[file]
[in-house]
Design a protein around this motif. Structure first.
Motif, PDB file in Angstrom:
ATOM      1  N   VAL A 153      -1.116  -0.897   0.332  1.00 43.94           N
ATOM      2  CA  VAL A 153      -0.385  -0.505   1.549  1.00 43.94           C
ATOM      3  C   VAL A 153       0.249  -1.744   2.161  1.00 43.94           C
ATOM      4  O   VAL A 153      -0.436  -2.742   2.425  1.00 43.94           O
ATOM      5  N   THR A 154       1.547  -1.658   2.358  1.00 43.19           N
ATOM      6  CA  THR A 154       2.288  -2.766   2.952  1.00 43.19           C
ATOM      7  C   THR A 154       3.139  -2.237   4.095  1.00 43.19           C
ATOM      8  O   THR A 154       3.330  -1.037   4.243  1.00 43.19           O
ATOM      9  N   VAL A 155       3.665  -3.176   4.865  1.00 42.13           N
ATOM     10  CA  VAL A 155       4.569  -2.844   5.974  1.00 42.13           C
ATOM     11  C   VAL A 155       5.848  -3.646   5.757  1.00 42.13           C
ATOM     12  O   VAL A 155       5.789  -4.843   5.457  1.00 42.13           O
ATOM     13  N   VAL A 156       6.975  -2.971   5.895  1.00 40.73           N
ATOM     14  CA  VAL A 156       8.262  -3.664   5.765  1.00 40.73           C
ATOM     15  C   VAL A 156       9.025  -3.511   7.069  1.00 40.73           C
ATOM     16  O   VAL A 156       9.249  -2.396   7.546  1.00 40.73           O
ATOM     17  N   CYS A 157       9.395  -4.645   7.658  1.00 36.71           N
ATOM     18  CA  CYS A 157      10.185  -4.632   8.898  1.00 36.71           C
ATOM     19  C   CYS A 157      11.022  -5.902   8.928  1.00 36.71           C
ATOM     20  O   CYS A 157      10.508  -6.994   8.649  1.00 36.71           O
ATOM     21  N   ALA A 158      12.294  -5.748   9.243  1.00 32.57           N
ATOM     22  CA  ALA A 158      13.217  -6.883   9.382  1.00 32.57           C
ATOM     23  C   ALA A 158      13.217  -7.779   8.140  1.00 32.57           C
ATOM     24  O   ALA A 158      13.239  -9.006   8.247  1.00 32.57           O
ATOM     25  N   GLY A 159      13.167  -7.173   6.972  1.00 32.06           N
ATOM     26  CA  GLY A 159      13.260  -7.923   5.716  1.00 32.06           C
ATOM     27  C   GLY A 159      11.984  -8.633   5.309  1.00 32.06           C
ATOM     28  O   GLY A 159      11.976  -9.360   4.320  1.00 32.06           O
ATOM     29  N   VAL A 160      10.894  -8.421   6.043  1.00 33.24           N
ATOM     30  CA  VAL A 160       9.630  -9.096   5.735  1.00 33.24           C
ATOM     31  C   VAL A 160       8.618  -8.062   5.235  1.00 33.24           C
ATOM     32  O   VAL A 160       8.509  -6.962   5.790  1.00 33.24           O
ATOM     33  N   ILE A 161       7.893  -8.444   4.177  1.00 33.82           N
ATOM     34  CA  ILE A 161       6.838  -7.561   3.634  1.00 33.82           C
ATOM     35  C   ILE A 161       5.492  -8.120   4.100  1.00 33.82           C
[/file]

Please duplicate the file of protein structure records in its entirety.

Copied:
[in-house]
Design a protein around this motif. Structure first.
Motif, PDB file in Angstrom:
ATOM      1  N   VAL A 153      -1.116  -0.897   0.332  1.00 43.94           N
ATOM      2  CA  VAL A 153      -0.385  -0.505   1.549  1.00 43.94           C
ATOM      3  C   VAL A 153       0.249  -1.744   2.161  1.00 43.94           C
ATOM      4  O   VAL A 153      -0.436  -2.742   2.425  1.00 43.94           O
ATOM      5  N   THR A 154       1.547  -1.658   2.358  1.00 43.19           N
ATOM      6  CA  THR A 154       2.288  -2.766   2.952  1.00 43.19           C
ATOM      7  C   THR A 154       3.139  -2.237   4.095  1.00 43.19           C
ATOM      8  O   THR A 154       3.330  -1.037   4.243  1.00 43.19           O
ATOM      9  N   VAL A 155       3.665  -3.176   4.865  1.00 42.13           N
ATOM     10  CA  VAL A 155       4.569  -2.844   5.974  1.00 42.13           C
ATOM     11  C   VAL A 155       5.848  -3.646   5.757  1.00 42.13           C
ATOM     12  O   VAL A 155       5.789  -4.843   5.457  1.00 42.13           O
ATOM     13  N   VAL A 156       6.975  -2.971   5.895  1.00 40.73           N
ATOM     14  CA  VAL A 156       8.262  -3.664   5.765  1.00 40.73           C
ATOM     15  C   VAL A 156       9.025  -3.511   7.069  1.00 40.73           C
ATOM     16  O   VAL A 156       9.249  -2.396   7.546  1.00 40.73           O
ATOM     17  N   CYS A 157       9.395  -4.645   7.658  1.00 36.71           N
ATOM     18  CA  CYS A 157      10.185  -4.632   8.898  1.00 36.71           C
ATOM     19  C   CYS A 157      11.022  -5.902   8.928  1.00 36.71           C
ATOM     20  O   CYS A 157      10.508  -6.994   8.649  1.00 36.71           O
ATOM     21  N   ALA A 158      12.294  -5.748   9.243  1.00 32.57           N
ATOM     22  CA  ALA A 158      13.217  -6.883   9.382  1.00 32.57           C
ATOM     23  C   ALA A 158      13.217  -7.779   8.140  1.00 32.57           C
ATOM     24  O   ALA A 158      13.239  -9.006   8.247  1.00 32.57           O
ATOM     25  N   GLY A 159      13.167  -7.173   6.972  1.00 32.06           N
ATOM     26  CA  GLY A 159      13.260  -7.923   5.716  1.00 32.06           C
ATOM     27  C   GLY A 159      11.984  -8.633   5.309  1.00 32.06           C
ATOM     28  O   GLY A 159      11.976  -9.360   4.320  1.00 32.06           O
ATOM     29  N   VAL A 160      10.894  -8.421   6.043  1.00 33.24           N
ATOM     30  CA  VAL A 160       9.630  -9.096   5.735  1.00 33.24           C
ATOM     31  C   VAL A 160       8.618  -8.062   5.235  1.00 33.24           C
ATOM     32  O   VAL A 160       8.509  -6.962   5.790  1.00 33.24           O
ATOM     33  N   ILE A 161       7.893  -8.444   4.177  1.00 33.82           N
ATOM     34  CA  ILE A 161       6.838  -7.561   3.634  1.00 33.82           C
ATOM     35  C   ILE A 161       5.492  -8.120   4.100  1.00 33.82           C